Well, after over 20 years of spending hours a day at a computer keyboard (albeit a more ergonomic one), it’s all finally caught up to me. This week, out of nowhere. Typing, or doing most anything, has become painful and I need to give my arms a rest for a bit. How long? I have no idea, but at least another week or two.
This is at once frustrating — after all I eke out this livelihood by writing, not to mention staying connected with news and friends through this keyboard interface — and revelatory. It’s forcing me to stop, breathe, reconsider my habits and priorities. I do all the things I can think of that don’t involve my arms — long walks, baths, reading, conversations in person with friends who I never get to see often enough. Sometimes I get bored, and that’s a novel feeling and a weirdly productive one.
I’ve been rethinking my work, also, figuring out what I can pay someone else to do, what tasks to collaborate on. It turns out that to keep working but use my brain rather than my fingers, I need to scale up rather than down. You’ll be seeing some signs of that here in the next couple of weeks — most visibly, some guest posts are in the works, and I’ll be working with a talented guest editor for the next issue of my zine. It’s exciting. And it needed to happen anyway.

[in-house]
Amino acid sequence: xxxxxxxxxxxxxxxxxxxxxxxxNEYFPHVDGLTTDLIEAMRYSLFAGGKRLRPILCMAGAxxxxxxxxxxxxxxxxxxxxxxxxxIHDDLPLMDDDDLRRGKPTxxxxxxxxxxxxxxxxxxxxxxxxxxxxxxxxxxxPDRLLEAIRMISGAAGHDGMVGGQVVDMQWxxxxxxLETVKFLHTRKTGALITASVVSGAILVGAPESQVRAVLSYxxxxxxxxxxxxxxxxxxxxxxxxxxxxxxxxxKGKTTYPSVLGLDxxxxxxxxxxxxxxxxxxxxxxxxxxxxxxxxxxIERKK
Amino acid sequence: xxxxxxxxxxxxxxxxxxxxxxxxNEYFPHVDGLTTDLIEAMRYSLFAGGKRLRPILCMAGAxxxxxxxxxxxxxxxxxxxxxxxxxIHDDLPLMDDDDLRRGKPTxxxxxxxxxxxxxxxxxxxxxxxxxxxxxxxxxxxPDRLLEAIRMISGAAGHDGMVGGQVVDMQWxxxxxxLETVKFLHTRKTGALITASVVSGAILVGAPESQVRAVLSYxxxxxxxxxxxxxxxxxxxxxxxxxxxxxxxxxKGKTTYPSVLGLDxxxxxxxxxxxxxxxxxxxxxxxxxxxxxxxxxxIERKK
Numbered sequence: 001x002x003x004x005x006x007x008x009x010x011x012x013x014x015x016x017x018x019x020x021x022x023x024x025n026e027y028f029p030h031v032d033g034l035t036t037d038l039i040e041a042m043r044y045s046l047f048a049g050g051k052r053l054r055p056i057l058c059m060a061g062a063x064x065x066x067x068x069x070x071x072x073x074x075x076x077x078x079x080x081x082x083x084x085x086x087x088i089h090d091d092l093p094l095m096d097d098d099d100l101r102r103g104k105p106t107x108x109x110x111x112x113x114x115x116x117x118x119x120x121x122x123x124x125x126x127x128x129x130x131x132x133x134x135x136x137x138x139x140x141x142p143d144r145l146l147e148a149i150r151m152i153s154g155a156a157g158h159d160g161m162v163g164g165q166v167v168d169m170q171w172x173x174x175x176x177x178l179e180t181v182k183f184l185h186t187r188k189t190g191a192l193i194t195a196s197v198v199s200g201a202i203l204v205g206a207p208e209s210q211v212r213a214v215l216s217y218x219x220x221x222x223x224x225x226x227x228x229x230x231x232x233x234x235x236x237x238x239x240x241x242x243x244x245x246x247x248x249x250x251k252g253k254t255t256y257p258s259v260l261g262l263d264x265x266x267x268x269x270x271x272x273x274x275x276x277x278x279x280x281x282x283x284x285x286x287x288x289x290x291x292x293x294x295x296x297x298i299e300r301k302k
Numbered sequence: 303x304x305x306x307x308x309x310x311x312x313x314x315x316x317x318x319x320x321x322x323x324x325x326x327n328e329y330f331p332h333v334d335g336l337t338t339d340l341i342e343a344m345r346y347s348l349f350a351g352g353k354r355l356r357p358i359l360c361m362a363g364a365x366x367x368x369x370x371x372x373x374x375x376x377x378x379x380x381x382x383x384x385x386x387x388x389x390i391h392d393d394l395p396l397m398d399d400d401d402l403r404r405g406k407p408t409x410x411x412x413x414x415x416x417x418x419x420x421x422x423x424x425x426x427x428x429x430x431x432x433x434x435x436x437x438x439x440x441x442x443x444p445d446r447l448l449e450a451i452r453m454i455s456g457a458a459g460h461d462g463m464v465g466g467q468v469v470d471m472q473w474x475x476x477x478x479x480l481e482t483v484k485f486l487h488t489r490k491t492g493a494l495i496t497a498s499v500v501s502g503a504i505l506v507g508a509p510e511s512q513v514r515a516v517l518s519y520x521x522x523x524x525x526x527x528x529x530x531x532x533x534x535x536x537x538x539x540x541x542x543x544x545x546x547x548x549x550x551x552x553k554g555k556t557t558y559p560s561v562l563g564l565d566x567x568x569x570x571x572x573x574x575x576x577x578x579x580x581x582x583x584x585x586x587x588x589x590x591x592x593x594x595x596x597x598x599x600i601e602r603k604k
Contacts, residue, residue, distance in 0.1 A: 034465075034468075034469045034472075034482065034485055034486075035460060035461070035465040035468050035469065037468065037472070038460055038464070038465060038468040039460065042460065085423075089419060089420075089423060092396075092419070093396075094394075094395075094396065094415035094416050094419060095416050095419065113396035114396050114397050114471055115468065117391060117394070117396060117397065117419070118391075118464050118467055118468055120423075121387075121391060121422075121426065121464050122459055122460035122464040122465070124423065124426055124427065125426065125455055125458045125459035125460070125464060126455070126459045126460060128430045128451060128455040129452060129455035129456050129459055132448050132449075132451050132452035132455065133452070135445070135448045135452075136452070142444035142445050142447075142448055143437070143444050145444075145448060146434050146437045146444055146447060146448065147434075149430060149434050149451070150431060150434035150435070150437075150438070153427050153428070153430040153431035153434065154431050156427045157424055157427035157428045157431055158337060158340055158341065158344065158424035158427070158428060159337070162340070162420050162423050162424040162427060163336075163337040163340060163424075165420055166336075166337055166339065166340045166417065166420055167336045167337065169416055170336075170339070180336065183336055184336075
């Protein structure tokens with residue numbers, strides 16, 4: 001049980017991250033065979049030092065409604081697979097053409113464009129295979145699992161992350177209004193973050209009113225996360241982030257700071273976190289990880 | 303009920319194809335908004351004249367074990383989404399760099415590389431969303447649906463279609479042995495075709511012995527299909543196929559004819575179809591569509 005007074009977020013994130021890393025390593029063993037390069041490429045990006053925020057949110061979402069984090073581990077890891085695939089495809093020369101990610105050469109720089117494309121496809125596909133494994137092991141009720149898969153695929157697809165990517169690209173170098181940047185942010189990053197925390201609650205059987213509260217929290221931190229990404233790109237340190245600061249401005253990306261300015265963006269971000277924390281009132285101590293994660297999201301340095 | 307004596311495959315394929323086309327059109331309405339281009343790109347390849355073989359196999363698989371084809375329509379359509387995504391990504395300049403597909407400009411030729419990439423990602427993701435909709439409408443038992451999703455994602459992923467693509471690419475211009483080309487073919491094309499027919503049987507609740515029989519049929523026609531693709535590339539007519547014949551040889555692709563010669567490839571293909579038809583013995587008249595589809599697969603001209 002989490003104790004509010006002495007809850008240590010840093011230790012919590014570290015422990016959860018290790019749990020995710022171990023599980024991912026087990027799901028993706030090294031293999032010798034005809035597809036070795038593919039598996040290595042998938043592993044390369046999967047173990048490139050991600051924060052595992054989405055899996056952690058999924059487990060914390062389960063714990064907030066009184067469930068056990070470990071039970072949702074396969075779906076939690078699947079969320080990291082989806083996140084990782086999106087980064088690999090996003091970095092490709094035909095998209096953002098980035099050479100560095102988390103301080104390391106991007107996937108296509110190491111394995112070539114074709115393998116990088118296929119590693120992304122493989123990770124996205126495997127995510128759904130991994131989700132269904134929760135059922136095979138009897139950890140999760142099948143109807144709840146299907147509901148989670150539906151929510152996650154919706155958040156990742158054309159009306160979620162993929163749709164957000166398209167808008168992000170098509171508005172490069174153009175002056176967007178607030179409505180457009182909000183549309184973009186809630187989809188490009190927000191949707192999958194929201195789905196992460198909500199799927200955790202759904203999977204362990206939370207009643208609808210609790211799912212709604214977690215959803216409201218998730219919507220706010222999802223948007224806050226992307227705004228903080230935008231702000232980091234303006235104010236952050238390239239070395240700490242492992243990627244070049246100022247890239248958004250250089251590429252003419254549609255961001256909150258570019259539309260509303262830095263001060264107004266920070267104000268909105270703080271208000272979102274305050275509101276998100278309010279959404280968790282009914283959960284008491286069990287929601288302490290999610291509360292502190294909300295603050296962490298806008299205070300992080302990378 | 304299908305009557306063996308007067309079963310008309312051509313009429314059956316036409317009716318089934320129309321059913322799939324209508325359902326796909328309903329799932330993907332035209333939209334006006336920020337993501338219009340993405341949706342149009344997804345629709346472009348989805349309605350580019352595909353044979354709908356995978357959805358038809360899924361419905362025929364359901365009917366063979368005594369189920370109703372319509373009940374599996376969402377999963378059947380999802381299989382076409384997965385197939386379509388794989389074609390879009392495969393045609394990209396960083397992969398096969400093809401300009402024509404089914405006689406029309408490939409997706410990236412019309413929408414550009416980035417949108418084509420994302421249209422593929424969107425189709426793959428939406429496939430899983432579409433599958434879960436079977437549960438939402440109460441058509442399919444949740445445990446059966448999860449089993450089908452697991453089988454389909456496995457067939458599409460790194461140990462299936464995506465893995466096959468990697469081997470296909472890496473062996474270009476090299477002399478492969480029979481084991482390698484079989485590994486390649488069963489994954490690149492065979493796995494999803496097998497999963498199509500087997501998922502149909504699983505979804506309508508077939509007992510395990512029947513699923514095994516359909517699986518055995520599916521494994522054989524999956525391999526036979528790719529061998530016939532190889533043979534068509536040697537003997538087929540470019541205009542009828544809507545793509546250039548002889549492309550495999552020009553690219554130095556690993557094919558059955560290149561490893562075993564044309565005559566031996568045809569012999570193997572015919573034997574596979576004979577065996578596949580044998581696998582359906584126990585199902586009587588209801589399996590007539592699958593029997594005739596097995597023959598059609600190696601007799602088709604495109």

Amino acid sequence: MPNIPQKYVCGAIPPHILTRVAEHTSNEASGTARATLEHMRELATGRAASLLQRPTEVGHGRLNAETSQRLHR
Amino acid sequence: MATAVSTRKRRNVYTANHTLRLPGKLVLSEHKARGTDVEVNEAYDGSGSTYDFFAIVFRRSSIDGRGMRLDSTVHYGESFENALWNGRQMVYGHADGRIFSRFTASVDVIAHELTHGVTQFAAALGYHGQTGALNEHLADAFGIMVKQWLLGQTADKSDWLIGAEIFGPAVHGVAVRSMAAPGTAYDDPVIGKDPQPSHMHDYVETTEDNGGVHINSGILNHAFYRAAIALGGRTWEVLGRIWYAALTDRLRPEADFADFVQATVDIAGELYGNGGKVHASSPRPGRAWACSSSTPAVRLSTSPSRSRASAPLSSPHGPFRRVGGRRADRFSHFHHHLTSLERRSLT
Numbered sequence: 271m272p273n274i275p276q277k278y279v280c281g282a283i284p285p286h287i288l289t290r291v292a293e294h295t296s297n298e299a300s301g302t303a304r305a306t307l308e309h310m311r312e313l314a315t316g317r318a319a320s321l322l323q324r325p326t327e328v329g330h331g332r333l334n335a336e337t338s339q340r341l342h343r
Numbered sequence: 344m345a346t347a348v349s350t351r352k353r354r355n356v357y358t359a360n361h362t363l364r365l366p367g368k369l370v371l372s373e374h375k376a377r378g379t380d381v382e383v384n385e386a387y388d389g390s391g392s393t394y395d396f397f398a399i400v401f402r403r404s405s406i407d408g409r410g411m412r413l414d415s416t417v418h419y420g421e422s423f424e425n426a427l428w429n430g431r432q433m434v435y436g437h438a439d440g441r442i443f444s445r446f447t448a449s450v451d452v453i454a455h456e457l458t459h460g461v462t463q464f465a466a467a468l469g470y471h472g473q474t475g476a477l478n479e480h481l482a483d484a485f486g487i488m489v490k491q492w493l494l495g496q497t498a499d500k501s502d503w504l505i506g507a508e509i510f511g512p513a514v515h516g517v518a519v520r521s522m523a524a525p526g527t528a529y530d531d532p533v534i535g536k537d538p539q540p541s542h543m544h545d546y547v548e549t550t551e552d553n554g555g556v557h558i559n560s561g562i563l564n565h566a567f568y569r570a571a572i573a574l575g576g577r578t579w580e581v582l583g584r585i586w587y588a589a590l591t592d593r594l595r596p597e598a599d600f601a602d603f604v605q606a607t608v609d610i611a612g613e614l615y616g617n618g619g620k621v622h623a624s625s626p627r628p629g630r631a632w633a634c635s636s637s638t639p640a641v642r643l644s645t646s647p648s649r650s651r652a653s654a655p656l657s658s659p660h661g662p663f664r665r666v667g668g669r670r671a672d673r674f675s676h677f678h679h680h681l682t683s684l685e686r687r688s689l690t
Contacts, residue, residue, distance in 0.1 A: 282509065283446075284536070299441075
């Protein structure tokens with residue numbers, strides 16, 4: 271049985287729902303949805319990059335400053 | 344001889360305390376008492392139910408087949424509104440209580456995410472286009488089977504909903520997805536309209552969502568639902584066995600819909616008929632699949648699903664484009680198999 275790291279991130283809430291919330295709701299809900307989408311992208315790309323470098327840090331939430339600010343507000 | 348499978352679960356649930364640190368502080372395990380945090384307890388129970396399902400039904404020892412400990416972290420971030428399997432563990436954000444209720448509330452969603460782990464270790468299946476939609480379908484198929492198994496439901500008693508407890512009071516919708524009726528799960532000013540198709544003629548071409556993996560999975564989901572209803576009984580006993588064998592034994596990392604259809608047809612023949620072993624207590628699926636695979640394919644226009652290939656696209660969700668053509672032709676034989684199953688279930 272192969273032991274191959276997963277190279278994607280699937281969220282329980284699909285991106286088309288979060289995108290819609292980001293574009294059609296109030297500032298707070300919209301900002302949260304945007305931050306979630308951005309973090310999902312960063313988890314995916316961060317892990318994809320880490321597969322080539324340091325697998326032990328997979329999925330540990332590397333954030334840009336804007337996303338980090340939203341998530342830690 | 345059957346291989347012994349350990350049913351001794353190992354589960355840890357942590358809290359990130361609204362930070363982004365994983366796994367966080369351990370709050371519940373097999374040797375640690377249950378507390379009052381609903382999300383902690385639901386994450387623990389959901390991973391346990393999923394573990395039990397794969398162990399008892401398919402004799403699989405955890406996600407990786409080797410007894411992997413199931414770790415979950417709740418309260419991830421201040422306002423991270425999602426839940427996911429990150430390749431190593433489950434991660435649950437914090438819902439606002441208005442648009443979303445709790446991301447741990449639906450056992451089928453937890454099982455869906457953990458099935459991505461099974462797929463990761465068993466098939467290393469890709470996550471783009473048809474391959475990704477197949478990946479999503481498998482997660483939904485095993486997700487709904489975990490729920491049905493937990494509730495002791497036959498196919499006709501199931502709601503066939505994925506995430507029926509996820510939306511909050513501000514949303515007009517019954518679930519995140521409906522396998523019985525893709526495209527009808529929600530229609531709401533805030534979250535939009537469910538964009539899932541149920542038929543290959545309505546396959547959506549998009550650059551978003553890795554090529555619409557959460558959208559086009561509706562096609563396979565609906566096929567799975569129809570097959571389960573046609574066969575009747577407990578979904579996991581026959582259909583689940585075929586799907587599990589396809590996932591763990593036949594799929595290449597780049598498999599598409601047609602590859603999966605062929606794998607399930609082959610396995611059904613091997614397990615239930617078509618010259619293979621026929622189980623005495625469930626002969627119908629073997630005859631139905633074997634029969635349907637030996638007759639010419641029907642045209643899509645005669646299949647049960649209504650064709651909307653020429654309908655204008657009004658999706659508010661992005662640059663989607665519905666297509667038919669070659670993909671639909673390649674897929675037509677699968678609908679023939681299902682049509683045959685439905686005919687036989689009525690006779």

Another mixed blessing of this injury is being able to fulfill my wish to be less constantly connected to the Internet. I quit Facebook and try to take regular days off. I was inspired by Disconnected, a documentary about a group of college students who tried to go a month without a computer. You can watch it below the jump:
This is more than I should have just typed, but this is my one bout of text production in days (just because it’s doing me some good to give it up doesn’t mean I don’t miss it badly). Also, I’m soliciting advice: if you’ve dealt with repetitive stress injuries, I’d love to hear how you coped, how you got better, and how you kept it from happening again.
And finally: What on earth can one do without using one’s arms? I’m beginning to run out of ideas.